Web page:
3. Copyright Infringement Attorney's Fees

Under the Copyright Act, it is within the court's discretion to award reasonable fees to the "prevailing party." 17 U.S.C. § 505. The court may not award fees as a matter of course. Fogerty v. Fantasy, Inc., 510 U.S. 517, 533 (1994). An award must further the purposes of the Copyright Act. Kirtsaeng v. John Wiley & Sons, Inc., 136 S. Ct. 1979, 1983-85 (2016).

To determine whether to award attorney's fees, the deciding court must "give substantial weight to the objective reasonableness of the losing party's position," and assess nonexclusive factors, such as "frivolousness, motivation, . . .and the need in particular circumstances to advance considerations of compensation and deterrence." Id.

4. Trademark Infringement Attorney's Fees

Title 15 U.S.C. § 1117(a) provides that "[t]he court in exceptional cases may award reasonable attorney fees to the prevailing party." The statute does not define "exceptional," but the Sixth Circuit has held that a case is not exceptional unless "the infringement was malicious, fraudulent, willful, or deliberate." Hindu Incense v. Meadows, 692 F.2d 1048, 1051 (6th Cir. 1982).

"Trial judges have considerable discretion in [deciding] § 1117 motions for attorney fees." Sovereign Order of Saint John of Jerusalem, Inc. v. Grady, 119 F.3d 1236, 1244 (6th Cir. 1997). A case cannot be exceptional "if there is the slightest doubt" as to whether the defendant acted with the requisite intent. Hindu Incense, 692 F.2d at 1052 (citing O'Brien Int'l, Inc. v. Mitch, 209 USPQ 212, 221 (N.D. Cal. 1980)).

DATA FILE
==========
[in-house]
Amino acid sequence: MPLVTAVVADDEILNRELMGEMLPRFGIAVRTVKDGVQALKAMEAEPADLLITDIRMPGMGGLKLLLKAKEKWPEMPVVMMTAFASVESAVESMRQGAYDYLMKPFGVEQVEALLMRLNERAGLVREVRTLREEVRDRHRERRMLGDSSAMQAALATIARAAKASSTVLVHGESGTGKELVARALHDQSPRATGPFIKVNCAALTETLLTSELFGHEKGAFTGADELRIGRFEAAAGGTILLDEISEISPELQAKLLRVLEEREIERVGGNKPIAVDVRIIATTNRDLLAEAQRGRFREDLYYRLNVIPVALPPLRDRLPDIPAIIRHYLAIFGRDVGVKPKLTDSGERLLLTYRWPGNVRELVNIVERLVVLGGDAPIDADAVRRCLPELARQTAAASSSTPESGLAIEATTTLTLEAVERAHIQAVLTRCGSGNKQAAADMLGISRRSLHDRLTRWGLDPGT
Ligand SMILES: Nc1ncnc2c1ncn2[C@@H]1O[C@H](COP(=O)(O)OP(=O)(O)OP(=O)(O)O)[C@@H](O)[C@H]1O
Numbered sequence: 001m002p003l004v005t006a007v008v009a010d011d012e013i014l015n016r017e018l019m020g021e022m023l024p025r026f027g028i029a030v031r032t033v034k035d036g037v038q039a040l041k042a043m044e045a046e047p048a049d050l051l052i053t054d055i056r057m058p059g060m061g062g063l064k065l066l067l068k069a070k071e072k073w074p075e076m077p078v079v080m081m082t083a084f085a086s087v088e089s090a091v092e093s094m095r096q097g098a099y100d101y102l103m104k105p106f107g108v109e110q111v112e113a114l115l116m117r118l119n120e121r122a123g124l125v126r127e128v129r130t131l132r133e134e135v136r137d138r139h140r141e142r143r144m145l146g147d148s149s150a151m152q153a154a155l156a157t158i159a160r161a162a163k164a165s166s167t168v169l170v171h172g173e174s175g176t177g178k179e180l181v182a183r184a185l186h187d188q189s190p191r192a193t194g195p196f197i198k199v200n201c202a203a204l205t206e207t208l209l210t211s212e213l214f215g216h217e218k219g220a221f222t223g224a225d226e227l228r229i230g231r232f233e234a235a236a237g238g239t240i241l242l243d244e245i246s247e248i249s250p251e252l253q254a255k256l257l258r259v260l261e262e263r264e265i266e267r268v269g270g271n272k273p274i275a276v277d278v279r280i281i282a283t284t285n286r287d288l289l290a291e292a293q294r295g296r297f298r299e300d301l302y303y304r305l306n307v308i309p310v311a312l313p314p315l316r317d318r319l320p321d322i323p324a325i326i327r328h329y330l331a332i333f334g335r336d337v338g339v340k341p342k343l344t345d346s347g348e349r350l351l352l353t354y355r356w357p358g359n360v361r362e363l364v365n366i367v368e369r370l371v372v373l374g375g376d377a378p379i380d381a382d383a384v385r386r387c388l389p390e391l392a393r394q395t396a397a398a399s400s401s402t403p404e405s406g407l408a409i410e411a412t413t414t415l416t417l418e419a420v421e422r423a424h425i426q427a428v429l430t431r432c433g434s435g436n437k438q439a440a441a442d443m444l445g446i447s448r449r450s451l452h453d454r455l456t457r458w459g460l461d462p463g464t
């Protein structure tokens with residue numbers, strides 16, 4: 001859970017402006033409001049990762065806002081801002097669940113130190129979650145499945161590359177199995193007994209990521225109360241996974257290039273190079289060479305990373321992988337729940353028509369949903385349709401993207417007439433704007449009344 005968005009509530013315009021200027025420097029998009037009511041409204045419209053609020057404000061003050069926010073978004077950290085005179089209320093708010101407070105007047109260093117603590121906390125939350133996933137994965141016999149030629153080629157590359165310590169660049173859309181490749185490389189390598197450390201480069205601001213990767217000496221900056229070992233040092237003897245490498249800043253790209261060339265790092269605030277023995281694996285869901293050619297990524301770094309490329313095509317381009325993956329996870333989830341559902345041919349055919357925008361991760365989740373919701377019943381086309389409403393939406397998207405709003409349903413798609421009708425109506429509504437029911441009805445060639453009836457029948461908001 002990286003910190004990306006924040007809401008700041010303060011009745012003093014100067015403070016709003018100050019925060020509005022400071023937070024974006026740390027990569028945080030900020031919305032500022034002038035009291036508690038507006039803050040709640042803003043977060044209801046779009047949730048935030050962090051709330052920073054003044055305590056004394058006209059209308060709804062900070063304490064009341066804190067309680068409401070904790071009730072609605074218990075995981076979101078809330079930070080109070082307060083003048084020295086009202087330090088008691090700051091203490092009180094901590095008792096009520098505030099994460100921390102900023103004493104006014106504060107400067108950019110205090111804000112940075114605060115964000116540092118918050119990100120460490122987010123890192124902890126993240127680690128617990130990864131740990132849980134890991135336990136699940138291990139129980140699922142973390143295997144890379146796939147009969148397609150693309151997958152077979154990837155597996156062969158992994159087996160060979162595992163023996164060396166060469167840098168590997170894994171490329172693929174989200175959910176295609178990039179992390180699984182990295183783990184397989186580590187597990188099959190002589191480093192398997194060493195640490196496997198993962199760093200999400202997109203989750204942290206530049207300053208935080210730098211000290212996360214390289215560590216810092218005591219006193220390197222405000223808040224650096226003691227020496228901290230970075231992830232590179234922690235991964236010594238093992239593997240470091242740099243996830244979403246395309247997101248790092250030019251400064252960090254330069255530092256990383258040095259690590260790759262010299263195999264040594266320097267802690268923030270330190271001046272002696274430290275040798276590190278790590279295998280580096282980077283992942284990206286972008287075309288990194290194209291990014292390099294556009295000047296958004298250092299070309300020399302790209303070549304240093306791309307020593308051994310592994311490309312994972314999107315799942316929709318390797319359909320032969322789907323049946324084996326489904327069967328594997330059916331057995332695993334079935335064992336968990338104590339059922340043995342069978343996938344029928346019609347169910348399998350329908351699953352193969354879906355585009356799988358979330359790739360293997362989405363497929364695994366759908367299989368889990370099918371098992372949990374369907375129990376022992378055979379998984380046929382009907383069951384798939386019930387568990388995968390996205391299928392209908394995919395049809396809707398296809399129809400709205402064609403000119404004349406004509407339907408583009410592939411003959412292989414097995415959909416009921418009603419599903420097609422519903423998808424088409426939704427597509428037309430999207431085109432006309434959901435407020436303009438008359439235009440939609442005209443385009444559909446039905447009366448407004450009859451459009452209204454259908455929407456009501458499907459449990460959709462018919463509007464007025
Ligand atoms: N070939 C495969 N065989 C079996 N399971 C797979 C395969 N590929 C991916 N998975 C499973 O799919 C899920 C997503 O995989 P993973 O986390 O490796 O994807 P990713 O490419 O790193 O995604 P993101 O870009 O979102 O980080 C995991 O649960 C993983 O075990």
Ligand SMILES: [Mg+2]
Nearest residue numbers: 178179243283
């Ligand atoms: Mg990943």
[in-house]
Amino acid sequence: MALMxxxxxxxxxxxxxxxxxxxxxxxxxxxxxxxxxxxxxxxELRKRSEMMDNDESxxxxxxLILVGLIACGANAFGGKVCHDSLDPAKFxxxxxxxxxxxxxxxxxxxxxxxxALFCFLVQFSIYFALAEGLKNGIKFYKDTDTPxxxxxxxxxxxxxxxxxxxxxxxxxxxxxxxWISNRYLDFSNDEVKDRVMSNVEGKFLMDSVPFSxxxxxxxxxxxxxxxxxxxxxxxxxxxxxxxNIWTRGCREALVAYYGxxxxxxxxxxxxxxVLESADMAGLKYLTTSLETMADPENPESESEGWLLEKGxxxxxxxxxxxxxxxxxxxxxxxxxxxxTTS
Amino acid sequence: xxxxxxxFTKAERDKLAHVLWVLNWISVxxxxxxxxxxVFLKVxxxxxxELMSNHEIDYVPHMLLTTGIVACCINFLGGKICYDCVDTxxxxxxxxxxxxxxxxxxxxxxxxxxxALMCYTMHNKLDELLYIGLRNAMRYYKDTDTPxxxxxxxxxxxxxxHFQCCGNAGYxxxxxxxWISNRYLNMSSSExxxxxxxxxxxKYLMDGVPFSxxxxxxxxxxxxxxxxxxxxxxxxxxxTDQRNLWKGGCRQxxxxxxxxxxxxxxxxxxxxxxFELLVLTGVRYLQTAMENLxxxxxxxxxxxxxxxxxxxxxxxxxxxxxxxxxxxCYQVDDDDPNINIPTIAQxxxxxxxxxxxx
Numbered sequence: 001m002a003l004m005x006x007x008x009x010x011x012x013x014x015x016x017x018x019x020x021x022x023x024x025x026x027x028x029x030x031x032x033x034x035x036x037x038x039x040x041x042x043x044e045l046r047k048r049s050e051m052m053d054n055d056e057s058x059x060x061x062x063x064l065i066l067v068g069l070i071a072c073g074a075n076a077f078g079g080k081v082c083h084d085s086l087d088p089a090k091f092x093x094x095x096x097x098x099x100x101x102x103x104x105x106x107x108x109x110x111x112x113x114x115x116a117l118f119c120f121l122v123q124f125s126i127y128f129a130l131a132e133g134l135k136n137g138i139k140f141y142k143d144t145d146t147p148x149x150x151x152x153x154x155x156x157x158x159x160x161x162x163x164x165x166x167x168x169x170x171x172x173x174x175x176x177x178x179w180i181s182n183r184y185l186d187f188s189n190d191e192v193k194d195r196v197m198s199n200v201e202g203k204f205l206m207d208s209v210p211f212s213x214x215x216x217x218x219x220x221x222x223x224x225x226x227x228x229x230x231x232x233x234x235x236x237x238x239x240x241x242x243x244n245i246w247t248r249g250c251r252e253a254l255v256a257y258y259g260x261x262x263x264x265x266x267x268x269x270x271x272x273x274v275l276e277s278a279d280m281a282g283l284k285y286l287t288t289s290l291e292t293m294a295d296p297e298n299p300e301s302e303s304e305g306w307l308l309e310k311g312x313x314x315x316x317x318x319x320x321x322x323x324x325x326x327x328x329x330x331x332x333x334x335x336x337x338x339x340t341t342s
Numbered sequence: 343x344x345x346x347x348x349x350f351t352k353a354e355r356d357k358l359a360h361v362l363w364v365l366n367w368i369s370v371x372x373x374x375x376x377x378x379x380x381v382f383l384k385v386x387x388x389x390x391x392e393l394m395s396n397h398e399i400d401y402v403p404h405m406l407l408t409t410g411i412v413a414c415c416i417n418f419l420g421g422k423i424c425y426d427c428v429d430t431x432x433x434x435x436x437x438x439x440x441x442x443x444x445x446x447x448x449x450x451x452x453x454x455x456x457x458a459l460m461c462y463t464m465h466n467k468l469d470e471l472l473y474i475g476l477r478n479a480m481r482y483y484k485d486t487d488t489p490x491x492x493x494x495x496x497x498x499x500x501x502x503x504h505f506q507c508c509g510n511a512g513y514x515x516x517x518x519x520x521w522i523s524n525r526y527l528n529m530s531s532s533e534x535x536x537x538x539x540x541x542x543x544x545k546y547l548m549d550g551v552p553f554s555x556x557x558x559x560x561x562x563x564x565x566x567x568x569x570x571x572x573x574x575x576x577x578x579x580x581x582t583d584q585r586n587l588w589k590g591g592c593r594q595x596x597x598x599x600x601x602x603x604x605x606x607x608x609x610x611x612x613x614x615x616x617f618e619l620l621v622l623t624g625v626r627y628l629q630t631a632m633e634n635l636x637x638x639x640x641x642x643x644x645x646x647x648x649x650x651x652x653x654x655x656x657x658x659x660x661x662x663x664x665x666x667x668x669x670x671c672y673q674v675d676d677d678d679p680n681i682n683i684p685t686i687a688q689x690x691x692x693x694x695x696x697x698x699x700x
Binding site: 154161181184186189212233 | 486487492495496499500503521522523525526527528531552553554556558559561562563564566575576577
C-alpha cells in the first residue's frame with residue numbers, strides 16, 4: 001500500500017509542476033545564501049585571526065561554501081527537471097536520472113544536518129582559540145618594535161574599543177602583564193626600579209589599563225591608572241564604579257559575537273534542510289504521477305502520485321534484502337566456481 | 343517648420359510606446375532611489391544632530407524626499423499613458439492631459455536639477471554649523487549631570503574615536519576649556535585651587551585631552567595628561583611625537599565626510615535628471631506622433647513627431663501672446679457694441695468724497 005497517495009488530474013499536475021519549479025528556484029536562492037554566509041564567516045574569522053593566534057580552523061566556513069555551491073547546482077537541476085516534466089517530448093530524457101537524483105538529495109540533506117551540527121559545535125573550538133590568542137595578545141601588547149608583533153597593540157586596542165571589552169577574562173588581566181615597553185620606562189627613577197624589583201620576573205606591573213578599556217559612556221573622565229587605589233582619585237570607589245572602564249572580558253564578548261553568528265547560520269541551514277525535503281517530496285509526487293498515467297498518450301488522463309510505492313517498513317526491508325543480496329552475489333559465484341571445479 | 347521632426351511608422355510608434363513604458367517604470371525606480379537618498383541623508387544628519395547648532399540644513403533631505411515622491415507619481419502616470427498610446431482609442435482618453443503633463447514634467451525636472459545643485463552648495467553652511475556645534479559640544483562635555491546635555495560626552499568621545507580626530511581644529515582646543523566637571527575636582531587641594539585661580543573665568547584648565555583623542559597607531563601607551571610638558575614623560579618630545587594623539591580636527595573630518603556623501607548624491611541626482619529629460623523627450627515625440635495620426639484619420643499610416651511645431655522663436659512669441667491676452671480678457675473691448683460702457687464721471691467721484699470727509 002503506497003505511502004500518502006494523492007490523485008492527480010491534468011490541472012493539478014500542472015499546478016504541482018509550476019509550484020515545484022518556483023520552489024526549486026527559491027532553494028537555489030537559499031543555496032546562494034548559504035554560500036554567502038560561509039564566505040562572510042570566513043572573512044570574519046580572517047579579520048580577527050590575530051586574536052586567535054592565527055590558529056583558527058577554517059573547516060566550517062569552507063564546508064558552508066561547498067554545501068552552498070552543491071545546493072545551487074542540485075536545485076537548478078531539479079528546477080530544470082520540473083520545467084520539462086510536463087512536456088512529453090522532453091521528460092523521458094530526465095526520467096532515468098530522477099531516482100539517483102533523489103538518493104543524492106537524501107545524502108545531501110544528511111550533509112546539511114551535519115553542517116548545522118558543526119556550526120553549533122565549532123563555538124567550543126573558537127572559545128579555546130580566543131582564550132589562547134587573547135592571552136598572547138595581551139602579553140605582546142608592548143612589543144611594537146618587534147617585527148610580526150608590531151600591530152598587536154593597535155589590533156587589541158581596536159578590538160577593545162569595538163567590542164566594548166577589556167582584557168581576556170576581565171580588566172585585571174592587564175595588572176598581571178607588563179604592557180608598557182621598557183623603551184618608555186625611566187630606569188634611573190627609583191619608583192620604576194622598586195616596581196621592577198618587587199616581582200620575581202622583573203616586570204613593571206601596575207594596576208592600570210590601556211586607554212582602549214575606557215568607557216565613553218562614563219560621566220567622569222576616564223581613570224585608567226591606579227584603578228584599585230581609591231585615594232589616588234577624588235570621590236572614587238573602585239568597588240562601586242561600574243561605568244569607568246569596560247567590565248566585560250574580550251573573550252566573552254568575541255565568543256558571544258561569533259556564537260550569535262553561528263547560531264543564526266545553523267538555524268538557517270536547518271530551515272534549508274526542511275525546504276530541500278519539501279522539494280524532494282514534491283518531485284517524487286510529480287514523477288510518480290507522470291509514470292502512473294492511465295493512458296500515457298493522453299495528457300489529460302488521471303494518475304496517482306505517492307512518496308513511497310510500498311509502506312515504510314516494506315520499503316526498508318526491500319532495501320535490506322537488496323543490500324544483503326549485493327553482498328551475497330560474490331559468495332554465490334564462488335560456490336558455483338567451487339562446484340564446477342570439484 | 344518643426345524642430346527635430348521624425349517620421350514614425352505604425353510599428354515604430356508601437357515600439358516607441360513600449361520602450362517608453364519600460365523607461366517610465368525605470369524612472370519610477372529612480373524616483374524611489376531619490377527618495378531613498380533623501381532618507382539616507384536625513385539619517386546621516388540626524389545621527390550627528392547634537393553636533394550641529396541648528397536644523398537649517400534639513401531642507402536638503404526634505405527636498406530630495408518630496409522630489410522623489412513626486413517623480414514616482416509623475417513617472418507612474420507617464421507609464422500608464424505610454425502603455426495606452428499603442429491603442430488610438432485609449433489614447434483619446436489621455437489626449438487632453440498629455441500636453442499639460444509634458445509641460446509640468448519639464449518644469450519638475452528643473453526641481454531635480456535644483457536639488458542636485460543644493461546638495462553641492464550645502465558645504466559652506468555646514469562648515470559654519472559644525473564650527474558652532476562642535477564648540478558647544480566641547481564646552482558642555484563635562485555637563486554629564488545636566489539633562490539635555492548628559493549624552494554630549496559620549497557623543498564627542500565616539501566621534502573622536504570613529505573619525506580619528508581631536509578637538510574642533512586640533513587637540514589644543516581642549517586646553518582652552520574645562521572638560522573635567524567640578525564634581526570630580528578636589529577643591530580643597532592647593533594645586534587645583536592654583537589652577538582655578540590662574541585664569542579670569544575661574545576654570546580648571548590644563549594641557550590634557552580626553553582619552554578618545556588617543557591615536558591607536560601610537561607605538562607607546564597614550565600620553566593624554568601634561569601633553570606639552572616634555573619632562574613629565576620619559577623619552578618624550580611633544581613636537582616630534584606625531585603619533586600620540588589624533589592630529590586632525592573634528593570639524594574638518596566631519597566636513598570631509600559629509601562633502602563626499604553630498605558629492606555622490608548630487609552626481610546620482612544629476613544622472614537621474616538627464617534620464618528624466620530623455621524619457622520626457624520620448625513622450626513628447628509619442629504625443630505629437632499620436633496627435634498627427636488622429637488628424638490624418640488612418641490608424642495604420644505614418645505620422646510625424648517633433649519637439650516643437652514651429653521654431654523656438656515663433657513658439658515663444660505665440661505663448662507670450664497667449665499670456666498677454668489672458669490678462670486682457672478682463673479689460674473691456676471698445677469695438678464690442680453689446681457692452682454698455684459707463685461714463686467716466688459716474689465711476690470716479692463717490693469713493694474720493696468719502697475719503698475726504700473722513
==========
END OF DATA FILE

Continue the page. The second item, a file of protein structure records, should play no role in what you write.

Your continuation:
Octane Fitness, LLC v. ICON Health & Fitness, Inc. also provides guidance. 134 S. Ct. 1749 (2014). In Octane Fitness, the Supreme Court clarified the meaning of "exceptional" under the Patent Act's fee-shifting provision, 35 U.S.C. § 285. Id. at 1751. Thirty-five U.S.C. § 285 is identical to 15 U.S.C. § 1117(a). Compare 15 U.S.C. § 1117(a) with 35 U.S.C. § 285.Statutes using the same language are interpreted consistently. See United States v. Hynes, 467 F.3d 951, 967 (6th Cir. 2006) ("The Supreme Court has held that statutes containing similar language and having a similar underlying purpose should be interpreted consistently.") (citing Northcross v. Bd. of Educ. of Memphis City Schs., 412 U.S. 427, 428 (1973)); see also Slep-Tone Entm't Corp. v. Karaoke Kandy Store, Inc., 782 F.3d 313, 317-18 (6th Cir. 2015) (remanding to district court and instructing that identical statutes such as the Patent Shifting Provision and the Lanham Act should be interpreted alike).

In Octane Fitness, the Supreme Court held that, applying the ordinary meaning of "exceptional," fees should be awarded only in a case "that stands out from others with respect to the substantive strength of a party's litigating position (considering both the governing law and the facts of the case) or the unreasonable manner in which the case was litigated." Id. at 1756. The Supreme Court did not state a "precise rule or formula for making these determinations," and said that district courts have discretion to make exceptional case determinations on a case-by-case basis. Id. at 1756. The Court provided a "'nonexclusive' list of 'factors,' including 'frivolousness, motivation, objective unreasonableness (both in...